The new definition will be based on universal constants of nature—quantities that don’t change, like the charge of an electron—which will allow any lab around the world to reproduce a one-kilogram mass on its own by rigging up the right equipment. (You can read about the new definitions here and here.) But far from simply tidying up a few loose metrological ends, these new definitions will also close a chapter on our past—an era when units of measure weren’t just humdrum tools, but a real frontier in the struggle for equality.
Stories about this new, universal kilogram usually portray it as a triumph of progress. Look how far we’ve come! And it’s true that the kilogram and other components of the metric system (the official standard everywhere in the world save Burma, Liberia, and the United States) do seem eminently rational compared to the metrological chaos of yesteryear. Way back when, the same units often differed significantly from village to village. A “bushel” in one town wasn’t the same as a “bushel” in another. In medieval Geneva, a “pound” could be 15, 16, or 18 ounces, depending on the goods being sold. Cloth wholesalers might use one length, cloth retailers another, and fishermen measured the width of their nets using one unit and the breadth using another.
Read: Why doesn’t the United States use the metric system?
Units were often divvied up in maddening ways as well. The metric system is based on units of 10: There are 10 millimeters in a centimeter, 10 centimeters in a decimeter, 10 decimeters in a full meter, and so on. This makes bouncing up and down the scale easy. In contrast, consider this 18th-century French system, as described in an old questionnaire that Kula quotes in his book: “To measure dry goods we use the resal and its divisions. The resal consists of eight units called bichot, each of these dividing into six pots. The pot divides into two pintes, the pinte into two chopmes, the chopine into two setters, and the setter into three verres.” As Kula writes, they eventually ended up with one-1,152nd of the resal.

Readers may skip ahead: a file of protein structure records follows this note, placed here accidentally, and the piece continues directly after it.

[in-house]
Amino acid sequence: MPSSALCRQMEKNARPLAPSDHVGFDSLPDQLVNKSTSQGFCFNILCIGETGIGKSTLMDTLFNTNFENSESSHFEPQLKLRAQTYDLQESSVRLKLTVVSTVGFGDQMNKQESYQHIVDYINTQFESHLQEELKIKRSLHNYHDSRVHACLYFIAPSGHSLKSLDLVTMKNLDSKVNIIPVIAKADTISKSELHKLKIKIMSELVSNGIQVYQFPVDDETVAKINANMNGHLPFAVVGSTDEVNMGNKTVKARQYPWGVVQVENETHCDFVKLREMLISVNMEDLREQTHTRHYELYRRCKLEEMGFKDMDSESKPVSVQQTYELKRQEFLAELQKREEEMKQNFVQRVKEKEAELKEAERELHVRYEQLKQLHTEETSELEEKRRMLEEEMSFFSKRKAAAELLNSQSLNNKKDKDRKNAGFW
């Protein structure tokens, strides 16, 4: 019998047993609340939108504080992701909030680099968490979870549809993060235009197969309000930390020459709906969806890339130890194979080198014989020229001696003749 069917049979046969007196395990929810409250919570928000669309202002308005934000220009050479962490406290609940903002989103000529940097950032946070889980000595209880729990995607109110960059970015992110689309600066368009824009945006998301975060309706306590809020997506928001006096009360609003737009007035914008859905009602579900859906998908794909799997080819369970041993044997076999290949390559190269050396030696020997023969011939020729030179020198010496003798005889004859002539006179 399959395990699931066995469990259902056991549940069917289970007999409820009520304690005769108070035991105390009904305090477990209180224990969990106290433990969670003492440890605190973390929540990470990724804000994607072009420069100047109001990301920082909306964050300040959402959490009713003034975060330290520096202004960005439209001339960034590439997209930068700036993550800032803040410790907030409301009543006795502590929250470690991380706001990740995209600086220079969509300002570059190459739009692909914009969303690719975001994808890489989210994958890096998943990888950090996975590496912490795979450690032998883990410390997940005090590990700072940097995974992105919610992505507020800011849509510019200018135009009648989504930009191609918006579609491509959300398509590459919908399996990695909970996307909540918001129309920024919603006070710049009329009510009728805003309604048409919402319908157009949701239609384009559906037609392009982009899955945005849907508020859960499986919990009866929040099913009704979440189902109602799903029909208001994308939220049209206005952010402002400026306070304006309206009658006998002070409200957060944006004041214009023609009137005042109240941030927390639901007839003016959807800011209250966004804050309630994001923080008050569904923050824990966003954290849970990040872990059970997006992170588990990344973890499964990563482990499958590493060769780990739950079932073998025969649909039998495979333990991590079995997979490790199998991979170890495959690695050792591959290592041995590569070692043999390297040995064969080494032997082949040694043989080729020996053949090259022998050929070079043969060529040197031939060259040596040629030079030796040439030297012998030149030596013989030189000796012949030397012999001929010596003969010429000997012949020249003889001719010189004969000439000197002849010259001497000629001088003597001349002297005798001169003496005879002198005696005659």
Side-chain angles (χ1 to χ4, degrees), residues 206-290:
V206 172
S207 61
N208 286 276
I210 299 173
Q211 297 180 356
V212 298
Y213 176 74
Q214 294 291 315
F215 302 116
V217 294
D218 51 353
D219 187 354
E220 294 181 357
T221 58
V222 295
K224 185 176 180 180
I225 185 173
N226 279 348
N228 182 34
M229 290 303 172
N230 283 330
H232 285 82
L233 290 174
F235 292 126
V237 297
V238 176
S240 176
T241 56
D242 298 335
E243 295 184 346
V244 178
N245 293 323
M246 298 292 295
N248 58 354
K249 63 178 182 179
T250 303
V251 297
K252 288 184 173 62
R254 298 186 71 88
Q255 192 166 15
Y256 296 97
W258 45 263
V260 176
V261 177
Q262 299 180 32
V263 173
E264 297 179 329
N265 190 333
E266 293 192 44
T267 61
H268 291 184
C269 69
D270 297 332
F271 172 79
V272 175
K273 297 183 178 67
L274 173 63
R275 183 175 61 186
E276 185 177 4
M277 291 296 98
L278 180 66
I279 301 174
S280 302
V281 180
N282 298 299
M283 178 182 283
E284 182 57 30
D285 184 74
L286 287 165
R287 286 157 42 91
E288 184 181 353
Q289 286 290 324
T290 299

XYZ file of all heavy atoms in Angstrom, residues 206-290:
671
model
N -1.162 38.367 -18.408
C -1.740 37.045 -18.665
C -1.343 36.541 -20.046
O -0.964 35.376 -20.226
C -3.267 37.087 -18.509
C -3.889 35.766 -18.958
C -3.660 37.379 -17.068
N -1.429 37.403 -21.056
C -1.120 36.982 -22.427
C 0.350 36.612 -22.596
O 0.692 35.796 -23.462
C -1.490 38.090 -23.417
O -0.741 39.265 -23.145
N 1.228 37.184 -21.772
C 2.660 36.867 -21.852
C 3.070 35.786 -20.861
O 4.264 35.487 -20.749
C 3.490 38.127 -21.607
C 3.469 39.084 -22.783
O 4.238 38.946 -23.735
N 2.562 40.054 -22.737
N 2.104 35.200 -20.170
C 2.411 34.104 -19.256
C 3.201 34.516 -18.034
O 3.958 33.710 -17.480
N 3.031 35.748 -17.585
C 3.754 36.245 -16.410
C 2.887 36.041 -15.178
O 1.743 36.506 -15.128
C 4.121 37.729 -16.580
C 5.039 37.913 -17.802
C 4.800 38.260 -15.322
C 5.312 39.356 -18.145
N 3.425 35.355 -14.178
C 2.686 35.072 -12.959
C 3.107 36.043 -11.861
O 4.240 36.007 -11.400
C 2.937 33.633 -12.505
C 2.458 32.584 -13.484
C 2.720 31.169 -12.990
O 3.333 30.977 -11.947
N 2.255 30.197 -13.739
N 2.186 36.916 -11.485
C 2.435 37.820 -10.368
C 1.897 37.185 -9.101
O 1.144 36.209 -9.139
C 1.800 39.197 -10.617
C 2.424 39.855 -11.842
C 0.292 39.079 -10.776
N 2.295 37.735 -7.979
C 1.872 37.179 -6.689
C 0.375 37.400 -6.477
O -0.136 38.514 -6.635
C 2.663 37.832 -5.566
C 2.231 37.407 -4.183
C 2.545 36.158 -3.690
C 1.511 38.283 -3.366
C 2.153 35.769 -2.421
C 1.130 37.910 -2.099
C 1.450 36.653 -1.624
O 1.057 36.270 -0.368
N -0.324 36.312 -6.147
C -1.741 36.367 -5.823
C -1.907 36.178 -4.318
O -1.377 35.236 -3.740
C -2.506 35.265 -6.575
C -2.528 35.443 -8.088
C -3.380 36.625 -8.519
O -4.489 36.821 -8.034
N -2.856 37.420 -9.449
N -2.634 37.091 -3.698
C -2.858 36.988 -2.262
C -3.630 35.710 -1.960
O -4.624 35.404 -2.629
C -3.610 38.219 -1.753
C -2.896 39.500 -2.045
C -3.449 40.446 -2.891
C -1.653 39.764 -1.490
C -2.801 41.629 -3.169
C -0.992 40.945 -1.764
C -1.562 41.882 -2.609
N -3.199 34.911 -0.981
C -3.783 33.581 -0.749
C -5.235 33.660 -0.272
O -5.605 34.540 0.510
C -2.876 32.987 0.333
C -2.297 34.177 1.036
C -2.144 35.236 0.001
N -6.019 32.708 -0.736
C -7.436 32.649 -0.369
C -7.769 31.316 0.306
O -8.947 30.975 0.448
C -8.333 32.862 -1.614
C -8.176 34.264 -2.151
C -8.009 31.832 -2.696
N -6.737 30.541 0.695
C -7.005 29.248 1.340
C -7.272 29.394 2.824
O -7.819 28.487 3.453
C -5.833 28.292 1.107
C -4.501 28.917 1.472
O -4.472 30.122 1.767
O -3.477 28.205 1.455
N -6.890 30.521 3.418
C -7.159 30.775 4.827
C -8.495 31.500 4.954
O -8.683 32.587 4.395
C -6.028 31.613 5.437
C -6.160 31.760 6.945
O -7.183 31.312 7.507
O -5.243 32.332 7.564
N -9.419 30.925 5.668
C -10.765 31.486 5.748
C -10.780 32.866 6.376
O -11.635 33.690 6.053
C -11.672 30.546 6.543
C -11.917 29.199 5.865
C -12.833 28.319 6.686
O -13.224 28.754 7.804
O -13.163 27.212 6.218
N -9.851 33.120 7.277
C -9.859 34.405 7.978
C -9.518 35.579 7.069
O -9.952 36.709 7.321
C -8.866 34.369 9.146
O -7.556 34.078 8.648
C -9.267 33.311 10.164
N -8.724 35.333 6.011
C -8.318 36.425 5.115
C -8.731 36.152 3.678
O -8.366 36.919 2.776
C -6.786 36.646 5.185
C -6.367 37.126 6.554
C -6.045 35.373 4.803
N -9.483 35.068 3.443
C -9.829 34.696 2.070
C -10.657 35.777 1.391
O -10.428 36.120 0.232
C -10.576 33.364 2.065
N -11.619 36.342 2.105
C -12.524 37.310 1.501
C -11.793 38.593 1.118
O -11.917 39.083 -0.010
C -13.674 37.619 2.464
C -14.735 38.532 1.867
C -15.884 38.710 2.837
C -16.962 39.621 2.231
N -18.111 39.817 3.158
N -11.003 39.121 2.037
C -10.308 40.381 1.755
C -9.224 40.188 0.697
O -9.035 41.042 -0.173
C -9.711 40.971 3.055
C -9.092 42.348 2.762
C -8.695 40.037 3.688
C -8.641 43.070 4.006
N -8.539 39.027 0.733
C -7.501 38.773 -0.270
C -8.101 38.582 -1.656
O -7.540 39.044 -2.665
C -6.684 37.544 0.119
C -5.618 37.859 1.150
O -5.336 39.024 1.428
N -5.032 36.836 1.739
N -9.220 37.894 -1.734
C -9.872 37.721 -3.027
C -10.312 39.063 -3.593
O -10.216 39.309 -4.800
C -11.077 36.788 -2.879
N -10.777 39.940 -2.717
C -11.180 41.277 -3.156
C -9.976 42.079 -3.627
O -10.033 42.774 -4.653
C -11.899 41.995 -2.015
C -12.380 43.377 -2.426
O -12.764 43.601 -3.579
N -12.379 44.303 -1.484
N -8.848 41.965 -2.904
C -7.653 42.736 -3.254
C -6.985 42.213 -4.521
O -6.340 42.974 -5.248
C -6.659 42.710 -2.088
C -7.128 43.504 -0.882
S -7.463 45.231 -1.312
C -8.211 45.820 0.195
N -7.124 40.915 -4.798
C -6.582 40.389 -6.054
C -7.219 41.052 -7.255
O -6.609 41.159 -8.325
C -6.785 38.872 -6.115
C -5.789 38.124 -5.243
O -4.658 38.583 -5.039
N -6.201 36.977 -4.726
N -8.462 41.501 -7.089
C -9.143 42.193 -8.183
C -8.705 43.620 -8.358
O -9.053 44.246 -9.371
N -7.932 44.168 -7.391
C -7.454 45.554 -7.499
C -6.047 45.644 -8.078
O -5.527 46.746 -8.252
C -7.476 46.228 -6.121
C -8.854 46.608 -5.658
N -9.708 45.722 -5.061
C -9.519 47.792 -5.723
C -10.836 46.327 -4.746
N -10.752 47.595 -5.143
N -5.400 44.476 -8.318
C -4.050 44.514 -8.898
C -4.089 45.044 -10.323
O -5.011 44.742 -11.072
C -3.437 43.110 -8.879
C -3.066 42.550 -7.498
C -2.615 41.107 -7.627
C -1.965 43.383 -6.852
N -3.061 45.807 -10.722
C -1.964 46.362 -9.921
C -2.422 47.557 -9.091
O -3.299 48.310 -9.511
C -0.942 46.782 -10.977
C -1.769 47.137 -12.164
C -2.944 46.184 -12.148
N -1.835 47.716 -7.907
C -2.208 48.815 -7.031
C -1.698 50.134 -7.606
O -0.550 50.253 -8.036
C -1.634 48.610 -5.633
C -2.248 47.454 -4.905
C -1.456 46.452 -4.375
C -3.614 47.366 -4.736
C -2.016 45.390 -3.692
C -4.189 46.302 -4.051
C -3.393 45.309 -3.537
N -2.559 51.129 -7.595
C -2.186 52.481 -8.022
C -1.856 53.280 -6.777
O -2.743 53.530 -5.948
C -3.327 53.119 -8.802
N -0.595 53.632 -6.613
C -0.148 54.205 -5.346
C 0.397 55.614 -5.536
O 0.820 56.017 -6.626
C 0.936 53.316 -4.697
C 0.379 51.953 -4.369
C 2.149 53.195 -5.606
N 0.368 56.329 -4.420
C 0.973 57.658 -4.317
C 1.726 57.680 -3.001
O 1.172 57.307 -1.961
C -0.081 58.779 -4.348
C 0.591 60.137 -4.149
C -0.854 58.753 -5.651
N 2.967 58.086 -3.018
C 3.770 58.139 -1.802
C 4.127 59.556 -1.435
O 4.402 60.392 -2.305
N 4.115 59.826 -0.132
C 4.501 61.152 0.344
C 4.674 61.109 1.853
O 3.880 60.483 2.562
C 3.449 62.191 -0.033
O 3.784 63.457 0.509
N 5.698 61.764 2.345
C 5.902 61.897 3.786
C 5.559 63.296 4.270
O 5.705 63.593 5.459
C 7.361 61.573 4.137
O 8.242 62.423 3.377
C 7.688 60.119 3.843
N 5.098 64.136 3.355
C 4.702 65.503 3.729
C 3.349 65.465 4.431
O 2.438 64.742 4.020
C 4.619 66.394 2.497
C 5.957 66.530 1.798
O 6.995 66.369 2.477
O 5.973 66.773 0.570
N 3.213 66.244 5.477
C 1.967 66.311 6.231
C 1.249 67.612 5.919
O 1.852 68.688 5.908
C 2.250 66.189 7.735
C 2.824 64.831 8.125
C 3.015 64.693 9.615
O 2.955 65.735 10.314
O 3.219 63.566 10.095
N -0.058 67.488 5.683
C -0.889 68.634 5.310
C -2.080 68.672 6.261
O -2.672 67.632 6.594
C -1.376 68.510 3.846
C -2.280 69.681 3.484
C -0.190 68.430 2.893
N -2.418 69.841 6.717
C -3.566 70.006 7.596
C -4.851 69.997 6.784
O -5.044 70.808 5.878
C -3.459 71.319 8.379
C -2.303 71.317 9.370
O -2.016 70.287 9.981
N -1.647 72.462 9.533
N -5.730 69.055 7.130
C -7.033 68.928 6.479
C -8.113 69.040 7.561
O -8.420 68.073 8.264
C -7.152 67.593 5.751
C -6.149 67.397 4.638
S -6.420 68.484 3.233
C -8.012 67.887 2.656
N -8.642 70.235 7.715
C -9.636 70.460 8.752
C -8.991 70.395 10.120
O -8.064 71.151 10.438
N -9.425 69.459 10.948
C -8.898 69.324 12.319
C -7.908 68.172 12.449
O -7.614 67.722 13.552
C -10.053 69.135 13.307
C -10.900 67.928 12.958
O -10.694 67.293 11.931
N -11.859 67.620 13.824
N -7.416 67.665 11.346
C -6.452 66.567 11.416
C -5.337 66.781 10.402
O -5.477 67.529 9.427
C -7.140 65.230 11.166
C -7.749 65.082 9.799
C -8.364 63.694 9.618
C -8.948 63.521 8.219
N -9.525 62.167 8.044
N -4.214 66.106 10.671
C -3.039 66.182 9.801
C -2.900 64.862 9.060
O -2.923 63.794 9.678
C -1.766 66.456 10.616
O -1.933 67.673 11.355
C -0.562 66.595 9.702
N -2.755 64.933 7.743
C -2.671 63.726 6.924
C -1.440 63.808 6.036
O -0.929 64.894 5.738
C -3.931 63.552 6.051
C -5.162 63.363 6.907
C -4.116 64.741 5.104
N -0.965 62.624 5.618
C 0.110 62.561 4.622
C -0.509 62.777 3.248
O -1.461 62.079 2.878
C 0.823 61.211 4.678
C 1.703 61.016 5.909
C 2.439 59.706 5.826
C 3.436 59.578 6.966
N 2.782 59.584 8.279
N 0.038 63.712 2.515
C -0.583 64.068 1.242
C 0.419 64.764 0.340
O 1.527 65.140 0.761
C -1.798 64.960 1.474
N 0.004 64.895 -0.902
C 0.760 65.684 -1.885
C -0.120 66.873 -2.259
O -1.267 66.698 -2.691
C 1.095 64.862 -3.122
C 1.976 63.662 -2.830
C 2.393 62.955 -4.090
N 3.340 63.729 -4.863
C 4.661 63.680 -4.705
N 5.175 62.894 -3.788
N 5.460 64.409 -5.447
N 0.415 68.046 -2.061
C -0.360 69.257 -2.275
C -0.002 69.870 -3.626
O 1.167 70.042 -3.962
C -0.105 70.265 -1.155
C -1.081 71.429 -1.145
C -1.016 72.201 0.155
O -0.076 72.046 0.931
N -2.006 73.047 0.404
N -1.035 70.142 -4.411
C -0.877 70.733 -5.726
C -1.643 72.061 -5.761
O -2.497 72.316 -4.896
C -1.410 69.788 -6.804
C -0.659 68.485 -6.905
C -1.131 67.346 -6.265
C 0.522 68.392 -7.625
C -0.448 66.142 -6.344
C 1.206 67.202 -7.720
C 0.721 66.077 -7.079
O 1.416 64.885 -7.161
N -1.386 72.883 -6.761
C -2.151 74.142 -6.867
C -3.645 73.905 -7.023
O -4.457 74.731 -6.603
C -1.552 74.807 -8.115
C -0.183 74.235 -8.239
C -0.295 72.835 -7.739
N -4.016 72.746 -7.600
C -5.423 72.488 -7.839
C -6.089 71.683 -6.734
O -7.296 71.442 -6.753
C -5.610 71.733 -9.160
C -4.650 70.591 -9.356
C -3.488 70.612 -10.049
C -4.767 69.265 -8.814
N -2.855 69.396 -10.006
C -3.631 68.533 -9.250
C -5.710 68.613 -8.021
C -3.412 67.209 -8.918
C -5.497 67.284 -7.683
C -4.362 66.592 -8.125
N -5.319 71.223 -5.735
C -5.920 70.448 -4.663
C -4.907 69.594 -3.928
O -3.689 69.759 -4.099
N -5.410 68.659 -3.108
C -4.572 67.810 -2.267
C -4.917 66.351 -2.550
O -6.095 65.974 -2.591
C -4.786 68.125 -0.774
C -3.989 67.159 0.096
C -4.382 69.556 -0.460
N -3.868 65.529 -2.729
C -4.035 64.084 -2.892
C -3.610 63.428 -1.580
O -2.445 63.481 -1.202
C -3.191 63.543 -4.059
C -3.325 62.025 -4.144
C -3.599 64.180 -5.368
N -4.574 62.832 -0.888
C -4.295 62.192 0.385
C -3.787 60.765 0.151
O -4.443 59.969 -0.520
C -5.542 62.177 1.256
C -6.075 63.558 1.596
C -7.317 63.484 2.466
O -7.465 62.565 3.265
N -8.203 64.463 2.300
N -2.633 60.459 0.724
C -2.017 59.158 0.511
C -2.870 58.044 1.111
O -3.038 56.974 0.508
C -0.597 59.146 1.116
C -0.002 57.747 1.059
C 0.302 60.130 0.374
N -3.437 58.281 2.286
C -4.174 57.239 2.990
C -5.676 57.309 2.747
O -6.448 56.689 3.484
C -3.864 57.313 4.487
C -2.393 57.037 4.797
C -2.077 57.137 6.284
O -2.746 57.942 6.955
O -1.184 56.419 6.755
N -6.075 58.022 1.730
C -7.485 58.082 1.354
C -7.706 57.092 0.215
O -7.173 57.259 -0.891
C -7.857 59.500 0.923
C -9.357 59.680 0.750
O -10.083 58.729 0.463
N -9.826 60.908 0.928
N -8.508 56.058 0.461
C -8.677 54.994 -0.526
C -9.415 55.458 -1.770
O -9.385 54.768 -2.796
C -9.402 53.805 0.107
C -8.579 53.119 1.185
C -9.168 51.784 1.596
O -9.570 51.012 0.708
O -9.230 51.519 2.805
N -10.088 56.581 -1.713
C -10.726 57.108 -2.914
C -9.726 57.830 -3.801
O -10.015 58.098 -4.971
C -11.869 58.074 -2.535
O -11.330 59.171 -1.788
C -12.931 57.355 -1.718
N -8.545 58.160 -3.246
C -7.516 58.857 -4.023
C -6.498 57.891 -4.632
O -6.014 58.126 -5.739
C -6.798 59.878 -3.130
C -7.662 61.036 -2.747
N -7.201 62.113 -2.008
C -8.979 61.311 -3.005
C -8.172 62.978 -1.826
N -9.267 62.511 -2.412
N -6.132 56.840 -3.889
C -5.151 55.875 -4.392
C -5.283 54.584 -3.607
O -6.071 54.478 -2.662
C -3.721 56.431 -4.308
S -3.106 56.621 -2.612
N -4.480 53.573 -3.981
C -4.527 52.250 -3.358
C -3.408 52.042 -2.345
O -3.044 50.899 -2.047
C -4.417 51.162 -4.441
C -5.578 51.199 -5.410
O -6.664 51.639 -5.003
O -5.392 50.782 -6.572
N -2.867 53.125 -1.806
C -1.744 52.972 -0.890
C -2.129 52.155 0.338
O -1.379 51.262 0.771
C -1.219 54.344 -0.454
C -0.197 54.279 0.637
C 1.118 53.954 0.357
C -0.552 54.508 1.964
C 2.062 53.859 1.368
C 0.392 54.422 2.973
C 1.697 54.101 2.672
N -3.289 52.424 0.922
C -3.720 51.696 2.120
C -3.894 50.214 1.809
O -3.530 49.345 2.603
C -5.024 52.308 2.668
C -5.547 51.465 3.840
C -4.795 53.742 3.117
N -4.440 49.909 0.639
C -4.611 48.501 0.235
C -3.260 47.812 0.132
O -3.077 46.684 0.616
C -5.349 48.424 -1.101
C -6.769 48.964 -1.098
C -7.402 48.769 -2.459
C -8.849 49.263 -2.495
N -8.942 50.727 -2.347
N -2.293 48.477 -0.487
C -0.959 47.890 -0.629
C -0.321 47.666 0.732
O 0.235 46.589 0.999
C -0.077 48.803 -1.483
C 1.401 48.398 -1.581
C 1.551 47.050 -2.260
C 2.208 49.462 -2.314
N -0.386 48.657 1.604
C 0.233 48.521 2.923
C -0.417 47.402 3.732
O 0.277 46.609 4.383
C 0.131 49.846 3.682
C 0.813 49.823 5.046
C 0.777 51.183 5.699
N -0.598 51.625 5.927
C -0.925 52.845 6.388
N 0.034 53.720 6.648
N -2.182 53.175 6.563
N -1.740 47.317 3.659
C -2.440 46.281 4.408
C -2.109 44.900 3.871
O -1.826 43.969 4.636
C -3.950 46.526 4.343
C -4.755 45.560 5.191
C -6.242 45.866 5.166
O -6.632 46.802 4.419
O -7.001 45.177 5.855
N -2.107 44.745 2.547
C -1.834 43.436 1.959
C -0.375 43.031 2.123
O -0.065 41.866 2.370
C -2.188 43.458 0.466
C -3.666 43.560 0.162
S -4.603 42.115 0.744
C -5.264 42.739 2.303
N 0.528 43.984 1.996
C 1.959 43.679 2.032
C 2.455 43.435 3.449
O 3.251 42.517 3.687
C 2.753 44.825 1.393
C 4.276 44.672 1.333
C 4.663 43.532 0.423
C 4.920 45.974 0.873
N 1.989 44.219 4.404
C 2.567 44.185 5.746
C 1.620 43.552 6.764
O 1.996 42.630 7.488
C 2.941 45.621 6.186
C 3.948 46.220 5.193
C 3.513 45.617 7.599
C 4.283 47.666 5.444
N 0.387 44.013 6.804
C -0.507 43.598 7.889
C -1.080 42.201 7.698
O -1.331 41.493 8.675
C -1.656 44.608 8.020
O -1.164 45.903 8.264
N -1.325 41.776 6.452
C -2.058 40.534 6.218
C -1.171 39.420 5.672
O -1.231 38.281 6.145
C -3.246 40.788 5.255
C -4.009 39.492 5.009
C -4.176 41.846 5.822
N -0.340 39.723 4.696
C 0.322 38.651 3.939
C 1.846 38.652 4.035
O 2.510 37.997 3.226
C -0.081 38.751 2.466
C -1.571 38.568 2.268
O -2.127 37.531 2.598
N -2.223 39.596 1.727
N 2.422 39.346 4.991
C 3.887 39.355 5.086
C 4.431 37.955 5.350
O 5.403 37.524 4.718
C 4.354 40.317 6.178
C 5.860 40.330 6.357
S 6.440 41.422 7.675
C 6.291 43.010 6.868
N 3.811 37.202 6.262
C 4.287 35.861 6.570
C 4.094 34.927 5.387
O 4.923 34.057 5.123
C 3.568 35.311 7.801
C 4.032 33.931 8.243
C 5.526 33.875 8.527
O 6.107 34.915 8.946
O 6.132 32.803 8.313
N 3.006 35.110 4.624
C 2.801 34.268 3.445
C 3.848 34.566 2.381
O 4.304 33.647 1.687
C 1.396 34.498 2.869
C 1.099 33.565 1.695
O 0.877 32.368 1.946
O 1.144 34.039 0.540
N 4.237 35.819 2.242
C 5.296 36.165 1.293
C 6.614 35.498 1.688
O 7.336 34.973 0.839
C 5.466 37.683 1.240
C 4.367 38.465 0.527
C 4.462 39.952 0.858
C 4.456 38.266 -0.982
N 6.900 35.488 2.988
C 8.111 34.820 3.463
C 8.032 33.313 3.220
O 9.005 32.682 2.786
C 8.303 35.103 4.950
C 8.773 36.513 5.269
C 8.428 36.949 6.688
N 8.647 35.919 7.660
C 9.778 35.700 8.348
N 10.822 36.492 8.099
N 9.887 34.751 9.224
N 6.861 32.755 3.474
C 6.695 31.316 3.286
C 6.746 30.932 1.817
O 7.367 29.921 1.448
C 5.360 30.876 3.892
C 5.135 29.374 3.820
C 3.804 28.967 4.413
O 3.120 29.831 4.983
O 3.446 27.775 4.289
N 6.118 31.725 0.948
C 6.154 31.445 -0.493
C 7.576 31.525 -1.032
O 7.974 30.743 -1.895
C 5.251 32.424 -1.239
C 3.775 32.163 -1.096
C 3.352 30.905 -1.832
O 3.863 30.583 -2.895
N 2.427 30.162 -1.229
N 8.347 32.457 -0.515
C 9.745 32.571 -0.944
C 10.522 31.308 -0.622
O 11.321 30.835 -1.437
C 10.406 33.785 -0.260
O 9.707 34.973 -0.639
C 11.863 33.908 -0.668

The old units did have a few advantages. Yes, 1,152 is an ugly number. But unlike 10, you can divide it into thirds, quarters, sixths, eighths, or twelfths without decimals or fractions, which made commerce easier for commoners. Variable units also gave the economic system needed flexibility. In centuries past, commodity prices were often fixed and immutable: You always paid 25 shillings or whatever for a bushel of grain, and “that [price] may not be altered by man other than sinfully,” as Kula puts it. So the only way to respond to market conditions was by varying the size of the bushel. Prices could remain fixed, in other words, as long as quantity fluctuated.
Still, we shouldn’t romanticize ye olde units, because that flexibility also enabled chicanery and abuse. Peasants often paid tributes to feudal lords in the form of goods—X baskets of grain a year, or Y yards of cloth. Those numbers were fixed by custom, and lords couldn’t raise them without incurring hellfire and damnation. So they cheated their vassals in other ways. A lord might loan you five regular baskets of grain to get through a drought, but demand repayment in larger ones. Greedy landlords could goose an extra 25 percent from their subjects this way. (This wasn’t just a European problem. Chinese landlords pulled the same shenanigans, and in Burma, the peasants under one egregious landowner nicknamed the basket he used for receiving tributes “the cart-breaker.”)